Your podcasts rely exclusively on words. This may not meet the needs of all of your students. If you ask them how they think, whether in words (including speech, sounds), or in pictures, it will tell you whether the podcasts need to be illustrated.
BTW, I only checked out the podcast on Early Man, since I am on dial-up and it took a while for it to download, just as my Flashes do. If that was the first podcast you did, perhaps you didn't have chance yet to experiment with using colors and graphics. You may want to be aware that for some children with hearing difficulties, in the Early Man podcast, the music is a bit overwhelming, making it hard to hear what you are saying. It may help to leave the background music at normal volumn for the introduction and intermission, but turn it down more when you are talking.
As you surmised, we are both working for the same aims. I, too, am looking for teachers who create instructional resources and want to share them. So far, most of my website contains my own creations. I am focusing a bit more on the younger crowd since I spent my last years before retirment as the computer teacher for a K-2 school. The experience helped forcus me on the need for graphics on the Internet to open up the technology to the little ones.
Hopefully, we can work together, or at least cross-link to each others sites, and perhaps help each other to edit work. I know it is tough to find one's own errors, that stand out to someone new looking at it. Those who use websites are usually so glad to have anything, that they rarely tell you there is a fauxpaux in your work.
Thanks for the feedback and I will check your links as well. I replied on www.masterymaze.com in your post but a shorter version is-- Yes, I agree.
For file size concerns, we have limited the pictures and the size of the player so folks without really fast broadband can have a fairly decent use. The podcasts are made to be downloaded, (hopefully through the rss feed so they get them all) and played on an ipod or other player for repetitive listening. We want to keep them short, around 5-7 minutes so they are not losing interest and can be played several times. My students listen to them at a minimum of 3 times;if they were longer I don't believe they would. They hit pause and then play on major points to slow it down to their own pace.
I have added some pictures to some of the more recent podcasts, especially on Egypt, etc. I agree that it is very helpful to do so, and we will when we can.
I am happy to collaborate with you and thanks so much for the comments! Subscribe to the MasteryCast podcast;I will include your site and work in a future blog post or episode!
Thanks for supporting the learning community concept!
The "learning community" concept is not new to me. I have been working with VSTE (Virginia Society of Technology Educators for almost 20 years now. Their newsletter posted the address to this site. Since I retired with health problems before I was ready to leave, it has been harder to uphold the community concept, but when I review the stats on my website, I realize I have gathered a sizeable community of users.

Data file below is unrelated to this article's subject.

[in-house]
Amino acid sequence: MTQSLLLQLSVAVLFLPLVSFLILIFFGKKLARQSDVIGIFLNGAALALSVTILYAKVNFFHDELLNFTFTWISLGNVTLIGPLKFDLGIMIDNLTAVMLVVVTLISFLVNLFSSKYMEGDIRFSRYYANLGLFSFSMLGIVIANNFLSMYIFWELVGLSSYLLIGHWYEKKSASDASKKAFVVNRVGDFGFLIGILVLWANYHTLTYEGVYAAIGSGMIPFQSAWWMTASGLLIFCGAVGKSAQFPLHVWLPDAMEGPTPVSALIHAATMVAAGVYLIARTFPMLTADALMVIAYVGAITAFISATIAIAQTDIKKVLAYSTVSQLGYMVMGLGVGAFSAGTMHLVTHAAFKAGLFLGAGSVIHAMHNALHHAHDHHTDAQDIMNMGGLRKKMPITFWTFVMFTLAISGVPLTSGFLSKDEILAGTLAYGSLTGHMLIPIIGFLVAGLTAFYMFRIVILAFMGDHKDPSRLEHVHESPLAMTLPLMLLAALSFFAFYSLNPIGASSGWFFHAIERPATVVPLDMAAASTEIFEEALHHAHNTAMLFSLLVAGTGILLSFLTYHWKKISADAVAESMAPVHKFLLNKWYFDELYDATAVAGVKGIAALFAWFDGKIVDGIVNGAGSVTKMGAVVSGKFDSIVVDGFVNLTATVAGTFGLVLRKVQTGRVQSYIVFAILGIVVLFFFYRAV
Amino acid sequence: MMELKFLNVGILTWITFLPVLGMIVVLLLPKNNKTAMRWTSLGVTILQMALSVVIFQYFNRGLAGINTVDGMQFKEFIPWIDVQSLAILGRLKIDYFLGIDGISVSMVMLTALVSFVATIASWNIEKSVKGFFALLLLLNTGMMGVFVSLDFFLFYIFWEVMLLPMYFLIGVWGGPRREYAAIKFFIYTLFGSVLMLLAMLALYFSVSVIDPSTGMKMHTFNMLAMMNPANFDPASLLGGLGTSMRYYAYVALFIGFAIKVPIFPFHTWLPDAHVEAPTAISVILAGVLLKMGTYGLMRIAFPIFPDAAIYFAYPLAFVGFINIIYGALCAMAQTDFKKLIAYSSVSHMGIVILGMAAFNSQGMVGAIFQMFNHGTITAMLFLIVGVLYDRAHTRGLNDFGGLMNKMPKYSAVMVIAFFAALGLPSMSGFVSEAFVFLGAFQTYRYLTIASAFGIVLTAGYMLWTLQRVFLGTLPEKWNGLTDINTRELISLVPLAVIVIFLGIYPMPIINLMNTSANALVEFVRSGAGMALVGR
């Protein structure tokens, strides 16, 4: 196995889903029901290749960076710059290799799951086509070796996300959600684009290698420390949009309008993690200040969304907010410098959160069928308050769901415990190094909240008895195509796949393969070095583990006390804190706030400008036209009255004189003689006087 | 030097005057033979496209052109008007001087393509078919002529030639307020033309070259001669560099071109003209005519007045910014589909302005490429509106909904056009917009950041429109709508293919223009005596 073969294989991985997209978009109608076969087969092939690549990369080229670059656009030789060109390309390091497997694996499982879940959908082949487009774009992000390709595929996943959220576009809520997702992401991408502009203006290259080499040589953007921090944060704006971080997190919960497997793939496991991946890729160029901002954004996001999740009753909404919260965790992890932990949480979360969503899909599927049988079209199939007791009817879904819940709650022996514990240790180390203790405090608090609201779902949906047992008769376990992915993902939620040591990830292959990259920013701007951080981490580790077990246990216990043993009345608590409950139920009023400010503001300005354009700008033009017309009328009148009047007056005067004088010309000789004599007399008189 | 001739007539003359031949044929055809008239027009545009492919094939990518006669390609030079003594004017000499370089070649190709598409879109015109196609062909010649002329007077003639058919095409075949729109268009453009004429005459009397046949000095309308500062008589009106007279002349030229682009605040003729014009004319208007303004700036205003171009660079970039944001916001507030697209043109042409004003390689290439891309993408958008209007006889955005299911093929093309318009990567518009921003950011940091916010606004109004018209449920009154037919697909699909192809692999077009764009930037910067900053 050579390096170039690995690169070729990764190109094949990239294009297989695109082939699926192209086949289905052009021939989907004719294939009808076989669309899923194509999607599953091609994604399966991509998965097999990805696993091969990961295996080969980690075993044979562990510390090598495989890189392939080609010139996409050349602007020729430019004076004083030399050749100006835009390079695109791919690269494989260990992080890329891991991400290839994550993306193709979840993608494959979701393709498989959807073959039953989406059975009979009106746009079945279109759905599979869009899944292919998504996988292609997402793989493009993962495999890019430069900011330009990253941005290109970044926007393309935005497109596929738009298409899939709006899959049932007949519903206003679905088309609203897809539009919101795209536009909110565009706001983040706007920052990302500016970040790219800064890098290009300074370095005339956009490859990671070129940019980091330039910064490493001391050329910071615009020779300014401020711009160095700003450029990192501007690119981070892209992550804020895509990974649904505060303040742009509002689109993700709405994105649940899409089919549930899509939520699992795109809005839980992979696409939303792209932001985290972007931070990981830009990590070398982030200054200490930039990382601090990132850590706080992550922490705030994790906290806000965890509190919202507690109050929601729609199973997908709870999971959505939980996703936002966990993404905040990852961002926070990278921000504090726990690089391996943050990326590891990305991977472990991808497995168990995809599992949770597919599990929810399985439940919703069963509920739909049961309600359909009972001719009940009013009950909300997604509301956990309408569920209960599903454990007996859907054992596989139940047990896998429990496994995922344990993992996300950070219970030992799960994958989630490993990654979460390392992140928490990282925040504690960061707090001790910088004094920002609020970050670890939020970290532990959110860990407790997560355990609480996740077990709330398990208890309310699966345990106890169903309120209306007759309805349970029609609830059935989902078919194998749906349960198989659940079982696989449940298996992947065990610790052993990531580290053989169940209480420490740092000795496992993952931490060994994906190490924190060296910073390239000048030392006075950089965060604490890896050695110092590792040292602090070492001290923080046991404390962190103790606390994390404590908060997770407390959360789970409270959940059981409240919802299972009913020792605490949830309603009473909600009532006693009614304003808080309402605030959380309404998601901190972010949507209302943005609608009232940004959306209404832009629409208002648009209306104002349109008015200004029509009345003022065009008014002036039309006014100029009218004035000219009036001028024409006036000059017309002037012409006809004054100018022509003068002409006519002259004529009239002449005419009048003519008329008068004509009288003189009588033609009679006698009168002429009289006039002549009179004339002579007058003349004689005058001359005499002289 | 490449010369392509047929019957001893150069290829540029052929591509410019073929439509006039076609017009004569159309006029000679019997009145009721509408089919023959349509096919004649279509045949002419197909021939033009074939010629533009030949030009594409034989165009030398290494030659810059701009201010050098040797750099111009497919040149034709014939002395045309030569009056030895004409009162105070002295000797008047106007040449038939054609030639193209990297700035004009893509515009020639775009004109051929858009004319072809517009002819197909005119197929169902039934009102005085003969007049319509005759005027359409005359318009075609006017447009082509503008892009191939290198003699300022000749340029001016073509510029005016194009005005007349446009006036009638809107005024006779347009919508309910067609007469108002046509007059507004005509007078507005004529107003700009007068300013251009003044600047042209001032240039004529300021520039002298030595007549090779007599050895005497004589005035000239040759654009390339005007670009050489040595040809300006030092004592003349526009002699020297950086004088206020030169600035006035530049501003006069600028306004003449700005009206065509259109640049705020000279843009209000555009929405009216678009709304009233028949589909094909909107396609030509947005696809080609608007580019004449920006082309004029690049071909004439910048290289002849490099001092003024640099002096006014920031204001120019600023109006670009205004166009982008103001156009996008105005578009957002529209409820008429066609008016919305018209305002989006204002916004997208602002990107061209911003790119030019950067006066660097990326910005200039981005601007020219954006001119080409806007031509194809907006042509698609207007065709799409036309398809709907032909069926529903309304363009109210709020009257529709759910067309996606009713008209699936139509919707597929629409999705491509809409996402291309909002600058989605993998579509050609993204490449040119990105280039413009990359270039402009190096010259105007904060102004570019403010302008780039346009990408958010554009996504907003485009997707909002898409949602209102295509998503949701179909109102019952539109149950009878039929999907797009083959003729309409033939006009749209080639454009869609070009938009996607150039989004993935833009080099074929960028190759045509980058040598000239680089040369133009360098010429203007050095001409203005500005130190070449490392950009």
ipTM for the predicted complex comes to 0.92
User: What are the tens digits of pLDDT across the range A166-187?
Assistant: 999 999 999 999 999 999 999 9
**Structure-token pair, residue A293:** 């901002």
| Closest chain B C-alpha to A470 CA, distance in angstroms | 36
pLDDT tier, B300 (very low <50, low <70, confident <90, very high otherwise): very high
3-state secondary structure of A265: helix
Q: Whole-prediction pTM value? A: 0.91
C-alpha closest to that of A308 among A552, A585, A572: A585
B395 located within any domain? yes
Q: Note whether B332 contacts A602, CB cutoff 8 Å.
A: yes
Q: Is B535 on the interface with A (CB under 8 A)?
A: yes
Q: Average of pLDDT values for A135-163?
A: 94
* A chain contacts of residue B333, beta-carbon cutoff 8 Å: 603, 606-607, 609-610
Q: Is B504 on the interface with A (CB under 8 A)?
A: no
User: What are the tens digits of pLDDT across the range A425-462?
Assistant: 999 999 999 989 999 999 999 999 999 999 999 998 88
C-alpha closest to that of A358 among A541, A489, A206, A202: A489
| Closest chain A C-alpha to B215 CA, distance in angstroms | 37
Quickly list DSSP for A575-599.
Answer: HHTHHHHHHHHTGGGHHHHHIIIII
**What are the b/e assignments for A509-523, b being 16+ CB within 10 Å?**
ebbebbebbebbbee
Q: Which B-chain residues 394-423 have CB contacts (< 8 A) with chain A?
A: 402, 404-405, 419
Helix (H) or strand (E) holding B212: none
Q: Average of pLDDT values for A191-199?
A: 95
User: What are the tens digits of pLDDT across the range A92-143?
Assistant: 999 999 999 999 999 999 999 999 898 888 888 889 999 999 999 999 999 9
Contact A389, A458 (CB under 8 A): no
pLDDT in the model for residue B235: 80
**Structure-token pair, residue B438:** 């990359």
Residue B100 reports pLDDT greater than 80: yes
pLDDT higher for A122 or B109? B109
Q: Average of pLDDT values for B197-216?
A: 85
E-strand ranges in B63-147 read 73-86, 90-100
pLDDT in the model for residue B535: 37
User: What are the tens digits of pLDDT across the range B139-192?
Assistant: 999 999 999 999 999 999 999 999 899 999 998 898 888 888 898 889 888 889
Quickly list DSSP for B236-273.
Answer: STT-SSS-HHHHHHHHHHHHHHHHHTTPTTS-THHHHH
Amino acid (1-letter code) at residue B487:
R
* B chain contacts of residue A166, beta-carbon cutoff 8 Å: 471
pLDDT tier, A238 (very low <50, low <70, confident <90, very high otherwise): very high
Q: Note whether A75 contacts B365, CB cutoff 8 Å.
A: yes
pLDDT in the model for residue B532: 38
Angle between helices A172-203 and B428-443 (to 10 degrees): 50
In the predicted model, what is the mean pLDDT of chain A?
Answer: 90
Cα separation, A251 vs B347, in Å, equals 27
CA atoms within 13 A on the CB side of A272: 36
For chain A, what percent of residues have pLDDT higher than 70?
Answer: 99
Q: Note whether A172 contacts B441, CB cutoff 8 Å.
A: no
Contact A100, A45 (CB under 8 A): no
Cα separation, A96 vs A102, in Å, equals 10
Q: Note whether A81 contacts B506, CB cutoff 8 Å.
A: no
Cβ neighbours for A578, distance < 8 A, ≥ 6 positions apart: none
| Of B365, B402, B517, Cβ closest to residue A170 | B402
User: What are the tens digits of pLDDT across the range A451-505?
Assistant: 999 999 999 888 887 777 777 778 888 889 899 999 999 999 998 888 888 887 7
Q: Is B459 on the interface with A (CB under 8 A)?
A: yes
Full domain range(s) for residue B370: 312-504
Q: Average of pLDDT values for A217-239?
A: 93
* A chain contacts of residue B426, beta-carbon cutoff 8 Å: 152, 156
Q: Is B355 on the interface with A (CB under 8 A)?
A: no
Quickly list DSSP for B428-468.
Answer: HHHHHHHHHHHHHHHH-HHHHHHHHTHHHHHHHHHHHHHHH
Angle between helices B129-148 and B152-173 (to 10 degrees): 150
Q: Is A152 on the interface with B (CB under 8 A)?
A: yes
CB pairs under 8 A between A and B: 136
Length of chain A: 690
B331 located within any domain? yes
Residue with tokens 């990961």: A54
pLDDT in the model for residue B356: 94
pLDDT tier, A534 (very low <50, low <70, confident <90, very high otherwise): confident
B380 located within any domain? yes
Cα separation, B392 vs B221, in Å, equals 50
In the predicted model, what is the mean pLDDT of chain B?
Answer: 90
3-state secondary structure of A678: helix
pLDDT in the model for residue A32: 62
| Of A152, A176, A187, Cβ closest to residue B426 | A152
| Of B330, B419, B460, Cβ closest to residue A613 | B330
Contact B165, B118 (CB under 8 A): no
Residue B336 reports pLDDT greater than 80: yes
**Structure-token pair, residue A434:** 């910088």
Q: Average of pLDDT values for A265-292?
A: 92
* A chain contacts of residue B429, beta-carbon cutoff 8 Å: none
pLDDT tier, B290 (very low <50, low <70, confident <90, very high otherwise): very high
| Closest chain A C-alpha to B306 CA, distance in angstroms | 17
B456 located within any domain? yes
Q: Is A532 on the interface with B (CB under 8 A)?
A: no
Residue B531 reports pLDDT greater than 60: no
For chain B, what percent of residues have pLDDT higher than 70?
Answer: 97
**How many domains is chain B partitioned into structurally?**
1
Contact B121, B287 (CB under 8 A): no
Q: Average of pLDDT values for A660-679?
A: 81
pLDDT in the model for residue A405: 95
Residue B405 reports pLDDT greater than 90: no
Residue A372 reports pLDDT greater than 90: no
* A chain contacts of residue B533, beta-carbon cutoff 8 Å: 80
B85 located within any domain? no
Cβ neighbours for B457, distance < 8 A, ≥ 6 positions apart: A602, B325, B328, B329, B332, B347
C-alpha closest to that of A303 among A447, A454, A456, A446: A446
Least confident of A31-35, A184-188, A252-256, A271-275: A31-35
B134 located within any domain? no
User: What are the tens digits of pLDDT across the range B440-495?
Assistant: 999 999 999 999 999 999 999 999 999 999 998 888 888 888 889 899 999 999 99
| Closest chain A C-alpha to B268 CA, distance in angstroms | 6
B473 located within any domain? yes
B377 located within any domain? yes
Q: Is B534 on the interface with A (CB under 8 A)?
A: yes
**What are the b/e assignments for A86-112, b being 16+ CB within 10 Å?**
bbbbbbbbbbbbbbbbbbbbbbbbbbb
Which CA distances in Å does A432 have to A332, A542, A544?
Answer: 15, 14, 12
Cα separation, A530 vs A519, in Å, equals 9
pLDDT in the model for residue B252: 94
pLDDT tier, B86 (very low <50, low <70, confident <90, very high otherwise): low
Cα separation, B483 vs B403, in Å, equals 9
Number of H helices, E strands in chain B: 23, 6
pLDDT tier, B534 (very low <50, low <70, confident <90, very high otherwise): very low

I was not aware that special ed students took the Regent's tests in NY. I had been led to believe that only top students took those tests and they were geared towards the upper level learners. Apparently, they are similar to the SOL tests we use in Virginia, which are required for special ed students unless they are so low-functioning that the IEP excludes standardized and specifically the SOL, tests.
I am thinking of how we can work together. As you may have seen if you looked at the links last night, Flash make a really good lesson. As you point out, download time is a factor for students outside the big cities where high speed lines exist. The flash programs can be downloaded to a computer and run independently of the Internet.
Perhaps we could start with Early Man, or the River Valley Civilizations. I would have to get up-to-date on these topics, but the river valley civilizations are on the SOLs in Virginia for kids in primary and elementary school. I'll have to look up where they are in the upper grades.
Let's decide what topic we want to collaborate on. I will probably need your help to develop pictures to use in Flash. Perhaps you could scan graphics from your textbooks, and I will search for some on the Internet. If we start with Early Man we will need good, detailed pictures of the representations of the various huminids, clear enough to show the characteristics we want the students to focus on.
Another resource we could collaborate on would be to include personalized stories in the reperature. These stories allow the reader to insert their own name in the story, which makes the story much more personal to the reader. In history stories, the reader dons a magical history hat to take them back in history to experience what is there. We could develop stories of a visit to each of the hominids, making the point of their characteristics, and as much as we know or can invent, about their daily lives. The reader does not bring anything of modern technology with the History Hat, they arrive with empty handss. But, they could be involved in the ideas that lead to invention of the wheel,or language development, and other areas.
Welcome! You are in the right place! It is easier than you think! I also teach high school and have transformed the entire nature of my classroom. My students are learning more than ever. See my page for more info on my work and my website.